You may be fretting that your full house during the holidays will quickly rack up a monster water bill. Yes, having more people in your home typically equates to more folks taking showers, flushing toilets, drinking water and so on. Truth is, you can go ahead and expect a somewhat higher bill. At the same time, you want to make sure that you’re doing everything you can to not pay more than you have to. Little Timmy’s new bike was expensive enough, right?

You may want to look into getting your entire plumbing system inspected. It’s actually something you should do every couple of years anyway. You may not realize that one in five toilets leak — many of which go undetected by unsuspecting users. At worst, a leaky toilet can add up to a mind-blowing $10,000 to your annual water bill, so says the Water Scrooge. Even at the minimum, you’re looking a few hundred dollars for a smaller leak. While you may not be able to control how many times Aunt Phyllis uses the potty on any given afternoon, you can ensure that your toilets and pipes are suited to handle the extra work.

While you’re at it, this is also a great time to have your septic tank inspected as well, if you have one. The septic tank servicer will be able to comment on the condition of your tank and whether or not you need it emptied. Trust us: The last thing you want over the holidays is for your toilets to be out of commission due to a backed-up septic system.

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3. Turn Down Your Water Heater

Did you know that the U.S. Department of Energy says heating water accounts for nearly 18% of your home’s energy consumption? That’s a pretty startling figure, especially when you consider that most homes have their water heaters set higher than needed.

Start by checking the thermostat on your water heater. If it’s set higher than 120 degrees, try taking it down a few degrees. If you’re still comfortable in the shower, try to go even lower. A water heater that doesn’t have to work as hard to keep the water warm equates to money saved. Not to mention that it can also help keep you and your family safer from burns.

4. Increase Dishwasher Efficiency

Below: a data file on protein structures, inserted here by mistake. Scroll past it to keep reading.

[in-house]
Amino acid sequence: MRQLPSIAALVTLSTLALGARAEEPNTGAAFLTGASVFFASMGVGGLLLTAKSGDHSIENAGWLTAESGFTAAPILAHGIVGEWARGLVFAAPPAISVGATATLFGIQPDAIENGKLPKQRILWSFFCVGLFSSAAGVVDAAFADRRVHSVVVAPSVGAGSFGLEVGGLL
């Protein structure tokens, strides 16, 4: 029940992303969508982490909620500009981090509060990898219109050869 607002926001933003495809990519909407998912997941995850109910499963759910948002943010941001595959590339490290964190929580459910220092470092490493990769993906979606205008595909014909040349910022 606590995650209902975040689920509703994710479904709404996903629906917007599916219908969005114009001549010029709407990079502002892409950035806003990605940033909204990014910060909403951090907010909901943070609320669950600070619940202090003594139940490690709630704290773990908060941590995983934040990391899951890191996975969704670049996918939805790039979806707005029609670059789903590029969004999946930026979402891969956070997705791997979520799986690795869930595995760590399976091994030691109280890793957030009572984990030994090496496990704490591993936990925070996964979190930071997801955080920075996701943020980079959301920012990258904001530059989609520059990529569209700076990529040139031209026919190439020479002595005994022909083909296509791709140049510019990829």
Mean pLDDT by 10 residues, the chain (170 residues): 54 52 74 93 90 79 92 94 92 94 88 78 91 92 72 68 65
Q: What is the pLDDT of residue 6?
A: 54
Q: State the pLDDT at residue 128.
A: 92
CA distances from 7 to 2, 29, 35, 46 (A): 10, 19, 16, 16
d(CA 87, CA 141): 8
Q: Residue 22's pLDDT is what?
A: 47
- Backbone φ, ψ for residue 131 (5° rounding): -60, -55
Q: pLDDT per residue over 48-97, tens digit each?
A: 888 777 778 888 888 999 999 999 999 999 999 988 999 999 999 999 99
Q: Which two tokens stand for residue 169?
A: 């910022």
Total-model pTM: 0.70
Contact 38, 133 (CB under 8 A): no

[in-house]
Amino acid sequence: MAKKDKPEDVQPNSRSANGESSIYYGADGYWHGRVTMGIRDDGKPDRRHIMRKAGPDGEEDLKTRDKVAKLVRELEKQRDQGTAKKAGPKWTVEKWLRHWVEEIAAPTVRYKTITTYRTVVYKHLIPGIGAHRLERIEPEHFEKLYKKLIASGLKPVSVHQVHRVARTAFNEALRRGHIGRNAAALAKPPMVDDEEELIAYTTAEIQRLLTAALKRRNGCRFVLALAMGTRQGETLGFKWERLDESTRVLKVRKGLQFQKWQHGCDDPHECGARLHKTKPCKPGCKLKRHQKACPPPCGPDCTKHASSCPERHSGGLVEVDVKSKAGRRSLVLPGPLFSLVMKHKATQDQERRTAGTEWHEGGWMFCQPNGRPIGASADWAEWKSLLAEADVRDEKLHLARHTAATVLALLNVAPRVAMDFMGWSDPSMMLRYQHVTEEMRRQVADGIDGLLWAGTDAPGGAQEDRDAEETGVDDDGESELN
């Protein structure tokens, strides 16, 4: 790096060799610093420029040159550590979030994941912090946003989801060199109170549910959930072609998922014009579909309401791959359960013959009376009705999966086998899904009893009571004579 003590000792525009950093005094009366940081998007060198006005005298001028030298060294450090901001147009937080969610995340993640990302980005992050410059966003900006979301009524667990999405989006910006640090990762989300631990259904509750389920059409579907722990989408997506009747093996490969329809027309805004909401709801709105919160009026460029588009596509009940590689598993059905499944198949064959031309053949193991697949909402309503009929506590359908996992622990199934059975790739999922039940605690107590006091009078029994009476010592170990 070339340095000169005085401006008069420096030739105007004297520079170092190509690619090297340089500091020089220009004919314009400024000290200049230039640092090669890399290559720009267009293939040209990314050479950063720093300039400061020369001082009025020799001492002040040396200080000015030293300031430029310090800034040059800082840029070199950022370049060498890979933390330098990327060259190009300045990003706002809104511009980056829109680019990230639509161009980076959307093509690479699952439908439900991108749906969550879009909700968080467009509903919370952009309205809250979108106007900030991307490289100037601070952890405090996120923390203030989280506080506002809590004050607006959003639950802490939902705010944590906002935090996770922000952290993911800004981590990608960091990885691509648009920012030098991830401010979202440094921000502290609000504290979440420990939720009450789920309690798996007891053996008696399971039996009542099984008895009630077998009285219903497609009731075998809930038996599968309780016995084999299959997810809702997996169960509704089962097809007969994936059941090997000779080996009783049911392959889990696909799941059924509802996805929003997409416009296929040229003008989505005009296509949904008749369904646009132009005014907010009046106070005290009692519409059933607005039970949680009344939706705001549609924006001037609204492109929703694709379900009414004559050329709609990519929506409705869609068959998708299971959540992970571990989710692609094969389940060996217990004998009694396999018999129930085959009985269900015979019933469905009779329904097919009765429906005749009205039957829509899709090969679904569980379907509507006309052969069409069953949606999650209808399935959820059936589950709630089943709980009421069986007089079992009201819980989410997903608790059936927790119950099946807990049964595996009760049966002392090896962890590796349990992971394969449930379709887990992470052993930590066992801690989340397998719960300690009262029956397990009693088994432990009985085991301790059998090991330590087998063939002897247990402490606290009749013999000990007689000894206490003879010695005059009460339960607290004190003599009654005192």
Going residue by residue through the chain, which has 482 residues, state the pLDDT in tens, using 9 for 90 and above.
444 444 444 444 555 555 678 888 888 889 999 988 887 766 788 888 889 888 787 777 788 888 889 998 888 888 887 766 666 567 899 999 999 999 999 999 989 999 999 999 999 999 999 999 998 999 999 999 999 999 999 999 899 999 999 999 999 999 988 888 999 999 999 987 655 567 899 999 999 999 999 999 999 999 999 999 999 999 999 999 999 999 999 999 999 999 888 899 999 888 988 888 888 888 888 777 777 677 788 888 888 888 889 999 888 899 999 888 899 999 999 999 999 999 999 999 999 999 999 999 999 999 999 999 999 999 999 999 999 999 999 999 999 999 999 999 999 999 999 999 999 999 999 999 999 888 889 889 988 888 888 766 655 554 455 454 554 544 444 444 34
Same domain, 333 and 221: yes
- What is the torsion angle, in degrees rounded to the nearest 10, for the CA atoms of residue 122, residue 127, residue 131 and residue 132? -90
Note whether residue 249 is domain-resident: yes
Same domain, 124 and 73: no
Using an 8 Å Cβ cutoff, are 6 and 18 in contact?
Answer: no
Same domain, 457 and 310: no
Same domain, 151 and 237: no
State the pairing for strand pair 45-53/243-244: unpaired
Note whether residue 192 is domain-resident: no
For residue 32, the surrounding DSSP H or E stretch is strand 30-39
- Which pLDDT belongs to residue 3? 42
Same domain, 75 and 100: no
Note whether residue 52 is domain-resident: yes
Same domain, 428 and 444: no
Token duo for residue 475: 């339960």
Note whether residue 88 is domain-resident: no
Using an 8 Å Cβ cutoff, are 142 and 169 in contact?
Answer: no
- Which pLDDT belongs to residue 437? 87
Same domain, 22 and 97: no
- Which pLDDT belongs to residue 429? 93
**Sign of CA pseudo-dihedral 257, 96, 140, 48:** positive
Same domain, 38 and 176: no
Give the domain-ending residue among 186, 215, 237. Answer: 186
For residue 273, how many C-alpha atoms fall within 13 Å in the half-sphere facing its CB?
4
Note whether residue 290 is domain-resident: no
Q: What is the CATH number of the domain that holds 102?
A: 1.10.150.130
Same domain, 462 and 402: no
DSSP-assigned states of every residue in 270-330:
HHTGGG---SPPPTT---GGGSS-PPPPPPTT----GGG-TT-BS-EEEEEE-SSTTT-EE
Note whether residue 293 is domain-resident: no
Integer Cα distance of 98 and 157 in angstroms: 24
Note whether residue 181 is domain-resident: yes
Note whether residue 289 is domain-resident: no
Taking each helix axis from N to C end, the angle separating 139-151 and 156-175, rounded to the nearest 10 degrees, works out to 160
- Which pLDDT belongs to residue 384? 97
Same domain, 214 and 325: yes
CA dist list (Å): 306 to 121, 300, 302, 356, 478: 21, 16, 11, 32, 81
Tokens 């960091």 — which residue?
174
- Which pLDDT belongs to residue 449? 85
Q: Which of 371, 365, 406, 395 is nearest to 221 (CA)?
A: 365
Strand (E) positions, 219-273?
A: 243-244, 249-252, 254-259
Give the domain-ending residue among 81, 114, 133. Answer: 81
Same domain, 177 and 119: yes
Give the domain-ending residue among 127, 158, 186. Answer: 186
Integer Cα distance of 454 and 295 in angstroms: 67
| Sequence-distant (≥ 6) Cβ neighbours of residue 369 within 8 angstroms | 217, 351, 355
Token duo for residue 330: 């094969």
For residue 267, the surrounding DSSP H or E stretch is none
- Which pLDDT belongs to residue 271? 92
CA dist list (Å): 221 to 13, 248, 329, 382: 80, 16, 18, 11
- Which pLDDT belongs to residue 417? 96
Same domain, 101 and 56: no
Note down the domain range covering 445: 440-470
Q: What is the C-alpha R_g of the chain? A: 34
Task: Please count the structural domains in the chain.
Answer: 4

Another fact of the holiday season: You’re going to be washing lots of dishes. Big holiday meals with friends and family mean lots of extra dishwashing to do. How do you keep your dishwasher from working too much and adding to your energy costs? Should you wash dishes by hand?

Many people think they are saving energy washing dishes by hand, but that’s just not the case. In fact, handwashing uses significantly more energy than simply putting a full load in the dishwasher. Instead of rinsing dishes in the sink, scrape the leftovers into the trash. Avoid the urge to rinse in the sink; you’ll save water and lower your bill in the process. Then, only wash full loads in the dishwasher. Only run a cycle when your machine is at capacity, as this will cut down on your total amount of loads, and it will help you get the most out of your dishwasher.

Another way to save energy costs related to your dishwasher is to let your dishes air-dry instead of using the heat function on your dishwasher. Simply turn off the heat function, or just prop open the door when the wash cycle is complete. It might take longer for your dishes to dry, but you’ll be saving energy.

Enjoy the Holidays (and Keep Jack Frost at Bay)

It’s true, the holidays can be a wonderful time for you to spend time with family and friends, but at the same time, the season can wreak havoc on your home’s energy usage. Luckily, there are several easy, inexpensive ways to mitigate these added expenses. That means there’s less time you’ll spend worrying and more time to carve into Granny Ethel’s infamous fruitcake!